Sue Lincoln

Reporter

Sue Lincoln is a veteran reporter in the political arena. Her radio experience began in the early ’80s, in “the other L-A” — Los Angeles.

Since her transplantation to Louisiana 25 years ago, she has covered the state, the capital, and its colorful cast of characters for Louisiana Radio Network, LPB and the Southern Education Desk.

Now she’s focusing her experience and expertise on producing WRKF’s Capitol Access.

Ways To Connect

Whether it’s a Catholic priest, a Baptist minister, or one of the House members, each day of a legislative session, the House convenes with a Christian prayer. I asked House Clerk Albert “Butch” Speer when was the last time a prayer was something other than Christian?

“I don’t remember any time,” said the man who has served as House Clerk for 32 years.

Much of the reason is that invocations are done on a volunteer basis; members themselves or their pastors.

“The vast majority of the members of the House profess Christianity as their major religious belief, and so that’s what we’re going to end up with--because it’s purely voluntary,” Speer said.

There’s a battle going on in New Orleans-East and at the Louisiana Bond Commission, over acquisition of a 442-unit apartment complex known as Hidden Lakes. GMF -- Global Ministries Foundation, based in Memphis, Tennessee --is the buyer.

“We have almost 11-thousand units in eight states, as a faith-based housing development corporation,” GMF president Rev. Richard Hamlet told Louisiana’s Bond Commission last month.

Among those units are nearly 2500 apartments in Louisiana; in Lafayette, Lake Charles, and the greater New Orleans area. GMF is asking the bond commission to guarantee $24.5 million dollars so they can buy, renovate and run Hidden Lakes.  Area homeowner associations have been fighting it, because it’s Section 8 housing. State Sen. Edwin Murray has been facilitating meetings between homeowners’ associations and GMF property management, in an effort to resolve the impasse.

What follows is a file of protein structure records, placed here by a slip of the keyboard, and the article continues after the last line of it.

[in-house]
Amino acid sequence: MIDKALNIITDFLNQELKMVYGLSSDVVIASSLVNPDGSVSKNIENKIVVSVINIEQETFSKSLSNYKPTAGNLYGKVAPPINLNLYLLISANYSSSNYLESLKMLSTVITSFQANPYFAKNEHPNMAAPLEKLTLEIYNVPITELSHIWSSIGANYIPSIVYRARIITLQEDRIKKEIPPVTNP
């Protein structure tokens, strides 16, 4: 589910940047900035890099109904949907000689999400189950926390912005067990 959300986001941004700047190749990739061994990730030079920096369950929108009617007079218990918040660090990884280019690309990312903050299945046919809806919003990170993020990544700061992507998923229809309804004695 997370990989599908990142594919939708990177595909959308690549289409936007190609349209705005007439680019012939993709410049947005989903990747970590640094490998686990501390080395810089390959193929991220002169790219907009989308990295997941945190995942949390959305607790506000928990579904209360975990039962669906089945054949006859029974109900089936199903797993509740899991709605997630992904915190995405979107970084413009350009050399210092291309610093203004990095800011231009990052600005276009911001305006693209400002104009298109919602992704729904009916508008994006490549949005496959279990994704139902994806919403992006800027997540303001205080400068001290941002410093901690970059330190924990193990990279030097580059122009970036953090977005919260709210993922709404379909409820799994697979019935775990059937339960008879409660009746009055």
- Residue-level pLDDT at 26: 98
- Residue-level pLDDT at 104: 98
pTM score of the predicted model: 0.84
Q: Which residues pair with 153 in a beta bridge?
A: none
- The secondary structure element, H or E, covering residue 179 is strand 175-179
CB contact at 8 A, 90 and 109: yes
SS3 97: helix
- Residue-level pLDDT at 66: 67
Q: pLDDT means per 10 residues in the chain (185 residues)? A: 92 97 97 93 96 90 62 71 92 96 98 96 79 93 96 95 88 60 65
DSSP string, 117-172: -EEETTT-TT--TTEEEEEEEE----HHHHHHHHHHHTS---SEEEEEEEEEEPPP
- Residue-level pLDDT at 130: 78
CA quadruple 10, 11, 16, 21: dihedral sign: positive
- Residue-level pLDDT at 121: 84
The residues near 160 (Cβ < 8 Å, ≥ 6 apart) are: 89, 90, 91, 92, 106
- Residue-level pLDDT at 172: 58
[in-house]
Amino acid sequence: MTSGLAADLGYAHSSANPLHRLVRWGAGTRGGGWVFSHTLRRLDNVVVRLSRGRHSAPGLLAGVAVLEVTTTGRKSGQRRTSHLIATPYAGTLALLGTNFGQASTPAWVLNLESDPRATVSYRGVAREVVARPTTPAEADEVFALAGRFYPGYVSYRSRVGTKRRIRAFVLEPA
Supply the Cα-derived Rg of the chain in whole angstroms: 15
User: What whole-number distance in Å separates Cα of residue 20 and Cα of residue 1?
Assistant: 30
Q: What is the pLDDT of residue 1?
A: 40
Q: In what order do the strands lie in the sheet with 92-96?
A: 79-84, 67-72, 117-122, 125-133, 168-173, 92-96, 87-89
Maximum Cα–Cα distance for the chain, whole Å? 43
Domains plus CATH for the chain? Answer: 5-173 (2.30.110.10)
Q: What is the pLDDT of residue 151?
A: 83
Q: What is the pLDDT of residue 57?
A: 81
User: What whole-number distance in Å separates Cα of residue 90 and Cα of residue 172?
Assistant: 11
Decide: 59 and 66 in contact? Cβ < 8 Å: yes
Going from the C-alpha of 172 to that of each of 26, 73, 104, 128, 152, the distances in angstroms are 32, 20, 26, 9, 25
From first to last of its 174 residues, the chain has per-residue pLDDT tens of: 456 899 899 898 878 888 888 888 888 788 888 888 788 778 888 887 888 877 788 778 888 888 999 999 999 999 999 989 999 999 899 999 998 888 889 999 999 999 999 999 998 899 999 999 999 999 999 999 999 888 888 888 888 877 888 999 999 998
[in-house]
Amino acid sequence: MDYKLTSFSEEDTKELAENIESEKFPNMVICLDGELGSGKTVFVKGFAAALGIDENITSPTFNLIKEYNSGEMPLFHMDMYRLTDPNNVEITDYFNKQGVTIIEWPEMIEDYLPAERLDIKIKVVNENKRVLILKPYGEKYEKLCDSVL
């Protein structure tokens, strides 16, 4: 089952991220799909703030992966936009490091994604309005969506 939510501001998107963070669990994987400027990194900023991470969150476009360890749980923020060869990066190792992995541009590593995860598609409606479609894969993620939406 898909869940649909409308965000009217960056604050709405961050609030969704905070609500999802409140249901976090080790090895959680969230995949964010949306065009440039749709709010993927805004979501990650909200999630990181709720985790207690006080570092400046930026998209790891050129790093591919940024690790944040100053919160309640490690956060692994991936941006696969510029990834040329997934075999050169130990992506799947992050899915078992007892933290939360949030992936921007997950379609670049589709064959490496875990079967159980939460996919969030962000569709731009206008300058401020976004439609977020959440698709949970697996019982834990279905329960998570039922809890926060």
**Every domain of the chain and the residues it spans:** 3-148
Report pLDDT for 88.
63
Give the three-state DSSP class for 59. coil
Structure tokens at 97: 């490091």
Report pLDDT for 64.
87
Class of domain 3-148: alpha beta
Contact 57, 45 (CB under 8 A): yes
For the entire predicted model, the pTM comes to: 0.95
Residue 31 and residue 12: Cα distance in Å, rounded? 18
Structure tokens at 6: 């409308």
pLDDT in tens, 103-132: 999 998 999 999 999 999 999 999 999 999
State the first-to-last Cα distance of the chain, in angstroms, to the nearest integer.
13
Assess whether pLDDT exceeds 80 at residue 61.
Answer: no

courtesy CenLamar.com

“Christians are now facing discrimination,” Governor Bobby Jindal said during a campaign stop in Iowa last weekend. “Why don’t we save some money and get rid of the Supreme Court?”

Some might view Jindal’s statements merely as presidential campaign rhetoric, but conversations with his inner circle indicate that remarks like, “Christianity is under assault today in America,” are coming from his sincerely-held religious beliefs.

One of Jindal’s closest spiritual advisors is Louisiana Family Forum president Gene Mills. He is an advocate of “dominionism”, sometimes referred to as the “seven mountains theory”.

Sue Lincoln / WRKF

“Every religious expression in America today is under assault.”

So said Louisiana Family Forum president Gene Mills when testifying on behalf of the “Marriage and Conscience Act” during the recent legislative session. One of the most influential lobbyists in Louisiana, Mills and LFF were the driving force behind the Louisiana Science Education Act in 2008, school vouchers in 2012, and every abortion restriction enacted by this state over the past decade.